What design thinking can teach politics

Yesterday talking about the German elections a question arose in my mind:

“how is it possible that in a country like Germany, with a not so easy past could give 12.6% of votes to the right-wing party?!”

This brings me back to a week while having a break in my hometown with two of my close friends from Hyper Island. We were talking about democracy, immigration and how policymakers interpret the mood of the citizens.

The discussion started from Brexit and I was questioning how young people could vote ‘Yes’ to such a proposal. I was pointed out as ‘the guy that doesn’t have empathy and cannot understand the people feelings and fears’.

Photo by Anna Dziubinska on Unsplash

Rapidly the conversation shifted to the parallel topic of “we don’t want immigration” and still, my point was quite clear, is not kicking out people or deny their access that would solve the problem (yes, the same as for Brexit, is not getting out of the EU that would solve the problem).

And yet again, I was pointed out as a person who can’t understand peoples feelings. This time I made my point clearer since I felt this accusation (of me not understanding people and their feeling) was not really true.

What are the needs of the citizen? And is “stopping immigration” the solution for this need?

My point is that politicians listen to what people say and not what people need. Just look at the rise of the populist party (Italy could be a good example for this) that scream whatever the people wanna listen to gain some new voters, leveraging over their fears without trying to get the roots of the discontent.

People say we don’t want immigrant because they steal our jobs, but what they really need is stability and some certainty for the future; and is it really ban immigrants the solution to these needs?

Understand what people really need, not just what they say.

One of the main principles of design thinking is to really understand people’s needs and through that get to the real problem to solve before starting ideation and generation of ideas.

There are several models that graphically describe the design thinking process; the one that I like to refer in this context is the ‘double diamond’ introduced in 2005 by the Design Council, as divide the process in two distinct phases for a total of four different stages: Discover, Define, Develop and Deliver.

British Design Council’s double diamond diagram. Source: Design Council.

The first diamond describes the process of investigating and define the problem through the discover and define stages. Once the problem is defined, the develop and deliver stages represent the process of idea generation, testing, and production.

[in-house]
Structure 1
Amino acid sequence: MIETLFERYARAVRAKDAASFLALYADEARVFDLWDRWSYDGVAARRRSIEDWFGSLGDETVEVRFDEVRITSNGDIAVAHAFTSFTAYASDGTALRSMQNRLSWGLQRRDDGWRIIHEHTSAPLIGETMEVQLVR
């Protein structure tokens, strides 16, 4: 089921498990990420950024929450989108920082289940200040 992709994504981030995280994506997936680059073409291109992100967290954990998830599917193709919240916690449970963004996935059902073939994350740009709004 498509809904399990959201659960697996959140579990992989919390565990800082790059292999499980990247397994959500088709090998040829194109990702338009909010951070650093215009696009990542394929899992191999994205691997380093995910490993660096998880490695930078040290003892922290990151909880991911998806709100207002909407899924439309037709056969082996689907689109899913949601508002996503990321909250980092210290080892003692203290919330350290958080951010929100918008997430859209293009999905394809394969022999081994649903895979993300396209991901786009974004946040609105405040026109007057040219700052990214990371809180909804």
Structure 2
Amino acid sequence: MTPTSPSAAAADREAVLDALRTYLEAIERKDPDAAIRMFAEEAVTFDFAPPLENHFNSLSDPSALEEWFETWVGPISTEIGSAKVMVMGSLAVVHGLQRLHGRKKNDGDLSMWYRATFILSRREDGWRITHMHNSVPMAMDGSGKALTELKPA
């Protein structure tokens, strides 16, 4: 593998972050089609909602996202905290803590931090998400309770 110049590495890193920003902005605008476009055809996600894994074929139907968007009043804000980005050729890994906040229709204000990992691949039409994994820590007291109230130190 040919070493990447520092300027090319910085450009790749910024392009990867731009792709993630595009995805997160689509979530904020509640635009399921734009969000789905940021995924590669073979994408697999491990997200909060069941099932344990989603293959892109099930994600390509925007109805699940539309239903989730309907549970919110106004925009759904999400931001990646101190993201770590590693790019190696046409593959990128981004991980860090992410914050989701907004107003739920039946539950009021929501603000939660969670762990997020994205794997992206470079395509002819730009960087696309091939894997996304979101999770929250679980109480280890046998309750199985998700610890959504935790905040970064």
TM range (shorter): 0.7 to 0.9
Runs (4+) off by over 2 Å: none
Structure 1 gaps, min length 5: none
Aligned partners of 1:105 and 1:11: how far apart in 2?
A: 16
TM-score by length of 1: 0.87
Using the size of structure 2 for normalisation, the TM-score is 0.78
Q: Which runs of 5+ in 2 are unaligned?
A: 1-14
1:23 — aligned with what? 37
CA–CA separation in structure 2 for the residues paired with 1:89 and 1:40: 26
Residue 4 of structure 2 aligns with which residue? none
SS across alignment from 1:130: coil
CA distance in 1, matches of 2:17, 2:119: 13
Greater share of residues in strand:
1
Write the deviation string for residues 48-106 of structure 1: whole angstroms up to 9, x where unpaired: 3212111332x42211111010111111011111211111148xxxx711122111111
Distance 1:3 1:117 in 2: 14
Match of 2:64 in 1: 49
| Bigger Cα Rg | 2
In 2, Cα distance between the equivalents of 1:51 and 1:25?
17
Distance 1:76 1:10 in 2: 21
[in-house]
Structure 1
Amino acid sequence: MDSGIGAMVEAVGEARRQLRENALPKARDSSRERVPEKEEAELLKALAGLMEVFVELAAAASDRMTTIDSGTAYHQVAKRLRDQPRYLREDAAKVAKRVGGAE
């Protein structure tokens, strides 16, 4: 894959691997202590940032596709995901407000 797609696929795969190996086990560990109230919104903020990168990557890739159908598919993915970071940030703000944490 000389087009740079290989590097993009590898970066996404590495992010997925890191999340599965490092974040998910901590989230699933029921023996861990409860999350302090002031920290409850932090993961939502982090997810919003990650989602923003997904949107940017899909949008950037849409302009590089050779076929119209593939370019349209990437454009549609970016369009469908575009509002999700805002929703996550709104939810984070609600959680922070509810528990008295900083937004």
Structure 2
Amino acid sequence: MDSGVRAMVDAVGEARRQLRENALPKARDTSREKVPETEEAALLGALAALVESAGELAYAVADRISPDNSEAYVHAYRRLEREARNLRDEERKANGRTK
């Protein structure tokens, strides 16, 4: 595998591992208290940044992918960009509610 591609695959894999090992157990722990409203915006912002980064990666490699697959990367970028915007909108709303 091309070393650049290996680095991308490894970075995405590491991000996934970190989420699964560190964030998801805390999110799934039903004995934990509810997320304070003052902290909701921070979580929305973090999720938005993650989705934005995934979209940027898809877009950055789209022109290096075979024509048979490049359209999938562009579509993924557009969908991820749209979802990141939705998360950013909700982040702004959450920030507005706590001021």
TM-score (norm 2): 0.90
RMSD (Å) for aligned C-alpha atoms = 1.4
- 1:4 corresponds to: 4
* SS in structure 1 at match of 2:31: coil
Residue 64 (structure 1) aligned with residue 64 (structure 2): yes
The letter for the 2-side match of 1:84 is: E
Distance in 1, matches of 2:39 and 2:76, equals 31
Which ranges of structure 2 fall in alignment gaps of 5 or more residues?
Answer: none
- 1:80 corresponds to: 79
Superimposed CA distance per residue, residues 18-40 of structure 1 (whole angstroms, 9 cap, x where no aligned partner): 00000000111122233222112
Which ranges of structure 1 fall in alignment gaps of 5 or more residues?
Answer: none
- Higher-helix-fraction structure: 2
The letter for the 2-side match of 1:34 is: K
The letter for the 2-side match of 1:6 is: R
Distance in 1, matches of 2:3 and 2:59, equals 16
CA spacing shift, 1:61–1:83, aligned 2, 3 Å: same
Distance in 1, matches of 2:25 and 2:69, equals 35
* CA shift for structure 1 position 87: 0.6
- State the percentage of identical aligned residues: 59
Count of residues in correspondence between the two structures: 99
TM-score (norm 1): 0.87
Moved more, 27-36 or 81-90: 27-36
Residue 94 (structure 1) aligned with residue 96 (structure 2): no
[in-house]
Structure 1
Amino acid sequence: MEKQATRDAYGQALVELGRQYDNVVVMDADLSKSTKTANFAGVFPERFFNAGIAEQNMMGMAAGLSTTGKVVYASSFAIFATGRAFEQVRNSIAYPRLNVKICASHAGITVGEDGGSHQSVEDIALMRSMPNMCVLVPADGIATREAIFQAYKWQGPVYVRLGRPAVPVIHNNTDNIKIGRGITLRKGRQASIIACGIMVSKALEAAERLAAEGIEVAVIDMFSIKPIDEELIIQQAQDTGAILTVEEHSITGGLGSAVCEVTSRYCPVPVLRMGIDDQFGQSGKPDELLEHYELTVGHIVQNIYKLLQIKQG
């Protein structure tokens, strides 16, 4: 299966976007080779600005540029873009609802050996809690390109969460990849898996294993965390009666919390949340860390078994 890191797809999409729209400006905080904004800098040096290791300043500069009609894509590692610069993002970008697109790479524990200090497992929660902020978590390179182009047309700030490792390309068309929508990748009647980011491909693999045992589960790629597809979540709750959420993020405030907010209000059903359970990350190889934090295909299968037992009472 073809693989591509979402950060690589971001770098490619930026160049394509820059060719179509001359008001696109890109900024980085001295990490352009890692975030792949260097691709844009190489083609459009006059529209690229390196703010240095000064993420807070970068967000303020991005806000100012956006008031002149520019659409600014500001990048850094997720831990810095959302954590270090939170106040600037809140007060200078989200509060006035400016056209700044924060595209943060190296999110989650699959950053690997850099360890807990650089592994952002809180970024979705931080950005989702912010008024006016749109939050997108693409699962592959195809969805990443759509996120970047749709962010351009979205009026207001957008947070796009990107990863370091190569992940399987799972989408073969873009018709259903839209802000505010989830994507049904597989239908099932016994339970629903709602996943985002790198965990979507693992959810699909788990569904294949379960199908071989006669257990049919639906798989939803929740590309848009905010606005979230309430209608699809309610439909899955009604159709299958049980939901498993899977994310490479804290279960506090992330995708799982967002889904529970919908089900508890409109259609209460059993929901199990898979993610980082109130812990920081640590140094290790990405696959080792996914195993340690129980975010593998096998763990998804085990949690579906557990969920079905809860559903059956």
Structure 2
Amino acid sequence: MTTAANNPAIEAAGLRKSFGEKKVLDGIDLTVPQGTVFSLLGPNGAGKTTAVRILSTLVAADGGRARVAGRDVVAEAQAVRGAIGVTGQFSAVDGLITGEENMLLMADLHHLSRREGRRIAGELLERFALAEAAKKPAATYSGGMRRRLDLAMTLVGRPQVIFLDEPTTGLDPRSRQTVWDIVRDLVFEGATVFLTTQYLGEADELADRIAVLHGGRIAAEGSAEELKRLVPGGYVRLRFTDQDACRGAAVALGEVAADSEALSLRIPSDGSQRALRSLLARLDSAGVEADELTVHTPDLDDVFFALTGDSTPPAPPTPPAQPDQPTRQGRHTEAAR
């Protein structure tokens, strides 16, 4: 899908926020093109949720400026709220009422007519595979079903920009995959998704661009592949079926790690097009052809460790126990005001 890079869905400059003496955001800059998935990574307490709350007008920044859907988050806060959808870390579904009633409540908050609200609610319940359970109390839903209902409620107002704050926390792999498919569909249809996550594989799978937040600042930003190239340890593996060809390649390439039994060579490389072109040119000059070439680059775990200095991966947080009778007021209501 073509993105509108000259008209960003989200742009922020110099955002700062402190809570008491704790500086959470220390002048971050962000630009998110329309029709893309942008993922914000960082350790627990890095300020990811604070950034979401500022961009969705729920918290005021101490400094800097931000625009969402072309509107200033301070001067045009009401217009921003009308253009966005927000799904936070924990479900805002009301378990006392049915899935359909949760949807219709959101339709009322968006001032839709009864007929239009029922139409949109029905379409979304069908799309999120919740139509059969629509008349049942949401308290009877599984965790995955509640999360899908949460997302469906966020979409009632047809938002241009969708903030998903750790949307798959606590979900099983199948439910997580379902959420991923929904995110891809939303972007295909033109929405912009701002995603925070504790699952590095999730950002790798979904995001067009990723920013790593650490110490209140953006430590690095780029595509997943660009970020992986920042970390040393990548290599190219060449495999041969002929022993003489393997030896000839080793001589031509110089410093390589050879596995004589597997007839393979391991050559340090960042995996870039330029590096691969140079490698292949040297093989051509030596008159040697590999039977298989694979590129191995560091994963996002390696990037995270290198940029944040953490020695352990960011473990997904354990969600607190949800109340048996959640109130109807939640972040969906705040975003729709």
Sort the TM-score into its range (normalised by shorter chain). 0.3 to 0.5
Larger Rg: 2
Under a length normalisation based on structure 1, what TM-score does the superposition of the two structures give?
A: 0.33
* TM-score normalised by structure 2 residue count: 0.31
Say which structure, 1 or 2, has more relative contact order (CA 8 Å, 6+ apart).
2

The first block is what makes the difference because it aims to define the real problem understanding the people’s real needs. During the discovery stage, you need to deeply understand the users.

Tools like user interviews, shadowing, and experience mapping, serve as a way to acquire a deep understanding of the people needs, desires and their experiences, sometimes more than they actually know; the analysis of the research and insights during the define stage, head to the problems (or opportunities, as I prefer to call them) definition that can, in the second diamond, lead to the creation of innovation — products, services or systems — that will add value for the people that will actually use them.

The designer’s role is to be aware of the possible difficulties of the people to understand and express their needs and being able to capture them together with things they might not be aware of, in other words, their ‘latent needs’. That’s why is important to go beyond what people say.

Coming back to the topic: politicians and how they act.

So, what’s the point?

My feeling of what is missing out, is the deeply understanding of what people really need.

I think what some politicians are not so aware of the difficulties of the people to understand and express their needs; that should be one of the reasons why politicians tend to repeat what people say in order to reinforce their vision and fears and let them feel heard.

In the case of immigration, I don’t think that the real need of people is to kick out and ban children, families, young and old people that are coming from another country. The needs behind, is the of assurance about uncertainty of the future, to feel safe and heard, or, as Alexander Betts says in his TED talk, “the desire for people to take back control of their own lives and the feeling that they are unrepresented by politicians”; and these needs are independent on how many immigrants you get in or kick out, it’s something that the government should work together in order to solve the problem without populism and fast solutions.

Source: GDS Blog

So far, design thinking process was applied in the UK by the Government Digital Services for the government digital transformation of the public service system. Founded in 2011 by, GDS is part of the Cabinet Office that operates starting with user needs and one of the biggest examples of how digitalization of the public system could positively impact the life of million people.

In 2013, the Pirate Party Saarland Parliamentary Group explored “Design Thinking as a method of seizing suggestions from the population” through a one-day workshop. Even if it seems they have lost their influence looking at the yesterday’s results, they tried to let the citizens feel involved in the solution process.

As we can see, some government organizations are introducing design thinking process in their practice, but there is still a long way to go towards truly listening to people and reacting base on their needs.

I would love to see more initiatives that aim to deeply understand people needs, and the design thinking process taught in the EU parliament through workshops and more co-creation sessions with citizens.